02.22

Two-fer on the 22nd, including the promised tutorial on french seams!

French Seams; these things are seriously my new favorite ever. So quick, so easy, and so neat! Essentially, you’ll be trapping one seam within another. If you have any hesitation on this whatsoever while reading, I greatly encourage you to grab a piece of scratch fabric and try. It’s so cool.

As an example, I decided to make a pillowcase. Easy straight lines to show what I am talking about and I looove this fabric. Start with whatever you need to do, I turned under just one side twice to the get that foldy edge part on the opening of my pillowcase.

Step 1.   Lay your piece exactly how it should be when it’s finished. Sew. (Sorry about the blur!)

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No, seriously. Stitch all the way around your project with the RIGHT sides facing OUT.  After stitching, trim your seam allowances to about as tiny as you feel comfortable. Don’t forget to clip corners! When you are all done with that, turn the piece inside out.

Step 2. Sew again.

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You’ll need to keep those tiny seam allowances inside your new seam to the right of your needle.  Here is where you are capturing that first seam inside the other.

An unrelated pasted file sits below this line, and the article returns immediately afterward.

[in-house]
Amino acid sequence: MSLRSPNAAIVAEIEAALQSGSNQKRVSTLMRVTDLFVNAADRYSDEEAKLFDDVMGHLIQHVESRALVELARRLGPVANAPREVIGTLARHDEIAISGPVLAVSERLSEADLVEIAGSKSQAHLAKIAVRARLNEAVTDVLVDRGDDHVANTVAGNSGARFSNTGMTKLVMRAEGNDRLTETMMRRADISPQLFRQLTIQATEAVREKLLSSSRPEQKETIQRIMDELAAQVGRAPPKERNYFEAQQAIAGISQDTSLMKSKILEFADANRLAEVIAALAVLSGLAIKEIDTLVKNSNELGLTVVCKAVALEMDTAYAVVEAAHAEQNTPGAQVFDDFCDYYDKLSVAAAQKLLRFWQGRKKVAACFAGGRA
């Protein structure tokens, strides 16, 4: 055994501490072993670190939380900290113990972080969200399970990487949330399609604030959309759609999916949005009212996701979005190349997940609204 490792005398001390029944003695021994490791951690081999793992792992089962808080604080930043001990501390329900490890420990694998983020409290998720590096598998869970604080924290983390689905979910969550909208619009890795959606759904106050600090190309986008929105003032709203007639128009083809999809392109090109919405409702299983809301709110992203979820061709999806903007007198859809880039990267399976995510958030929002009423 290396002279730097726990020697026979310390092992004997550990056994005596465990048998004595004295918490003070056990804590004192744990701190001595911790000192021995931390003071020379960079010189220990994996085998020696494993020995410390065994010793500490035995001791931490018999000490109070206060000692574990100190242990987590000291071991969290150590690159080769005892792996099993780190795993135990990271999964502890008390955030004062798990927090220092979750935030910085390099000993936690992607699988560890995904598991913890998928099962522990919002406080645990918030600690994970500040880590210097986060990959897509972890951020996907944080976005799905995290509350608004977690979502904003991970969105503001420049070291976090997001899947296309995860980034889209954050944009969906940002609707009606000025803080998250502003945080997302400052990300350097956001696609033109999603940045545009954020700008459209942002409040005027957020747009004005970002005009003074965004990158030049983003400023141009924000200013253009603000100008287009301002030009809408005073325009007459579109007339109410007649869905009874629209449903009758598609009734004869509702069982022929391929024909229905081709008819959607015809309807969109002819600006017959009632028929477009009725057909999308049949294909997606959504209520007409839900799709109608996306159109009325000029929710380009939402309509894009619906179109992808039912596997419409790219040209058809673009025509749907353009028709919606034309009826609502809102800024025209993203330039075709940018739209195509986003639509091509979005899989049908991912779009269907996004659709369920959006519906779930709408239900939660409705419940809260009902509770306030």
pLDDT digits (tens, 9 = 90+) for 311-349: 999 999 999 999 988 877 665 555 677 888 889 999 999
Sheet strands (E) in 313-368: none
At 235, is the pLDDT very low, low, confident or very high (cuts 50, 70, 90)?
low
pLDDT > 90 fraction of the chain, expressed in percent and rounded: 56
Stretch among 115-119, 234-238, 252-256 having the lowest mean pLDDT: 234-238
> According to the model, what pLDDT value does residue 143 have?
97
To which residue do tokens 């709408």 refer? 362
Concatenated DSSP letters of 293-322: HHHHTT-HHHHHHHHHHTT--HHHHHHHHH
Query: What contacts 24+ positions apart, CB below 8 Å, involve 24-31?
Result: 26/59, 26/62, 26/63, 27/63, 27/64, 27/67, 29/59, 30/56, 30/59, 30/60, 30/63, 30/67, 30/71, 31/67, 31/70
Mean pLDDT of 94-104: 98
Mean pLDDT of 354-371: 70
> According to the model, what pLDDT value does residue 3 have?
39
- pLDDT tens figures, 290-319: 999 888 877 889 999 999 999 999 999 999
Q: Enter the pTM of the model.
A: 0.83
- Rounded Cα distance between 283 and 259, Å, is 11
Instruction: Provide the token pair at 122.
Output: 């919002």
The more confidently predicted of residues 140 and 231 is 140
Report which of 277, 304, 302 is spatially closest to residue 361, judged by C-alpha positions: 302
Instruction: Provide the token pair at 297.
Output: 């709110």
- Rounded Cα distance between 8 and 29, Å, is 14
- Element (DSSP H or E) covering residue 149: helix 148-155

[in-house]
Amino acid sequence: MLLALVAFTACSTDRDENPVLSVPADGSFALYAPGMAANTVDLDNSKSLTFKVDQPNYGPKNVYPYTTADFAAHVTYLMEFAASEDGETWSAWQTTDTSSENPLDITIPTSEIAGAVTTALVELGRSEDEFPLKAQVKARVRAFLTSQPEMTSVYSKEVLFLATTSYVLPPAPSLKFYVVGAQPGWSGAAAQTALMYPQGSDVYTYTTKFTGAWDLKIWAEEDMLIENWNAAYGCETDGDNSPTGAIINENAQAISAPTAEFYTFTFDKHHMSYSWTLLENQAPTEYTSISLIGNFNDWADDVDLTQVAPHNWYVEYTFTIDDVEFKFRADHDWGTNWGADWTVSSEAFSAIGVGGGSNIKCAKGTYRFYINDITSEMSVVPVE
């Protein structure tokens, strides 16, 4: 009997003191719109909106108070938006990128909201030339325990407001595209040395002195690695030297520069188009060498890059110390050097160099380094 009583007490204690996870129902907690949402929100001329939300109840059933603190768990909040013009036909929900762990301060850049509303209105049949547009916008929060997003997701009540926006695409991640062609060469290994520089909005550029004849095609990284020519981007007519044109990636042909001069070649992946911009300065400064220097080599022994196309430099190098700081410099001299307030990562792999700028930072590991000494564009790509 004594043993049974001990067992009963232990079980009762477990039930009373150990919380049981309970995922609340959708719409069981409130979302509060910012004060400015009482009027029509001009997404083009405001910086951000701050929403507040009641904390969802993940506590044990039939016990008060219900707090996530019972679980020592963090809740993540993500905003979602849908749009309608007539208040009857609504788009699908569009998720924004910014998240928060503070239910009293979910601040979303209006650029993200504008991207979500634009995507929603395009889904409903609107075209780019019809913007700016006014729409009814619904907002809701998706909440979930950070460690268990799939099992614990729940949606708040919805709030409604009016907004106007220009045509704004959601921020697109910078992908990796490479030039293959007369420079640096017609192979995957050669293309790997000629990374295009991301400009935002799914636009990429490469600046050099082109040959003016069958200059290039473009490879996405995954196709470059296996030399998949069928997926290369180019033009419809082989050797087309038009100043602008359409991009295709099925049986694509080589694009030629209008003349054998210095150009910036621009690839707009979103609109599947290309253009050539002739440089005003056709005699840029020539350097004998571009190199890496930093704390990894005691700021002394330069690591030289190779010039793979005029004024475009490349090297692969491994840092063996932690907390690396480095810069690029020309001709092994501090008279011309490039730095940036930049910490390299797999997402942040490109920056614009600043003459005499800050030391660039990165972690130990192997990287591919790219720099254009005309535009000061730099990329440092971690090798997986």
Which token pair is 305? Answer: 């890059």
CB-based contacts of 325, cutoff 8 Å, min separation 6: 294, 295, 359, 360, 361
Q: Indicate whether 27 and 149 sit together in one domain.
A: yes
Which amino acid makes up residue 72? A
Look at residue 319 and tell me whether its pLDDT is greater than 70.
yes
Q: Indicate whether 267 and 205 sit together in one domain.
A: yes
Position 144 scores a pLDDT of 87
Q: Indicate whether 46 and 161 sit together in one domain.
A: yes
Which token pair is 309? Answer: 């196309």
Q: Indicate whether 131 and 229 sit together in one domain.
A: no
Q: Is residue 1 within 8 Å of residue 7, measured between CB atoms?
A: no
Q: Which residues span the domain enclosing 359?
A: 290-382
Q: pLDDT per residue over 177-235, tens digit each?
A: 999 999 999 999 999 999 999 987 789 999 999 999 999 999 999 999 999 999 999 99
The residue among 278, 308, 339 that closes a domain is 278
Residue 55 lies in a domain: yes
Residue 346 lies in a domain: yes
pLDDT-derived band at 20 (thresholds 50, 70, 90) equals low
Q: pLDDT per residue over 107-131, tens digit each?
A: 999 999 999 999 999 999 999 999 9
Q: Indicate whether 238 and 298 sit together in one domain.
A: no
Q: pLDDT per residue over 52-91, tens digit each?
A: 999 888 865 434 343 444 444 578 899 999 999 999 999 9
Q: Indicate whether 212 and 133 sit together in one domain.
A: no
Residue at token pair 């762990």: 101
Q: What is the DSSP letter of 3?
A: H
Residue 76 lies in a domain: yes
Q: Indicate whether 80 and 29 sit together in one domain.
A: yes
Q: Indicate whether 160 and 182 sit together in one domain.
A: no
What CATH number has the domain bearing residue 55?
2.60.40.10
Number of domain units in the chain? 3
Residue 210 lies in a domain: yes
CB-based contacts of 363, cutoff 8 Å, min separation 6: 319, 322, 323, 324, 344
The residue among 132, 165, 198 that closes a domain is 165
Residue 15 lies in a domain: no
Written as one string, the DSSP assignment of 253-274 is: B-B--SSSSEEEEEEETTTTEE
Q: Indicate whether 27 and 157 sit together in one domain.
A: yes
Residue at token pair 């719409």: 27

And that is it! Because this leaves a nice finished seam on the inside, it’s a pretty perfect replacement if you don’t have a serger. Also, although I’m not entirely sure this is “right” in sewing, I noticed while making a few infinity scarves the other day that chiffon frays easily. (I can hear you sitting there thinking, “Uhm wow duh Maddie.”) And since the material is so sheer, I really didn’t want to be able to see the fraying seam through my finished scarf. I employed a French Seam in the production process and don’t think I’ll be having any problems!

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I also had a lot of fun playing around with more polymer clay I tried my hand at a flower, and also had my first experimentation with beads!

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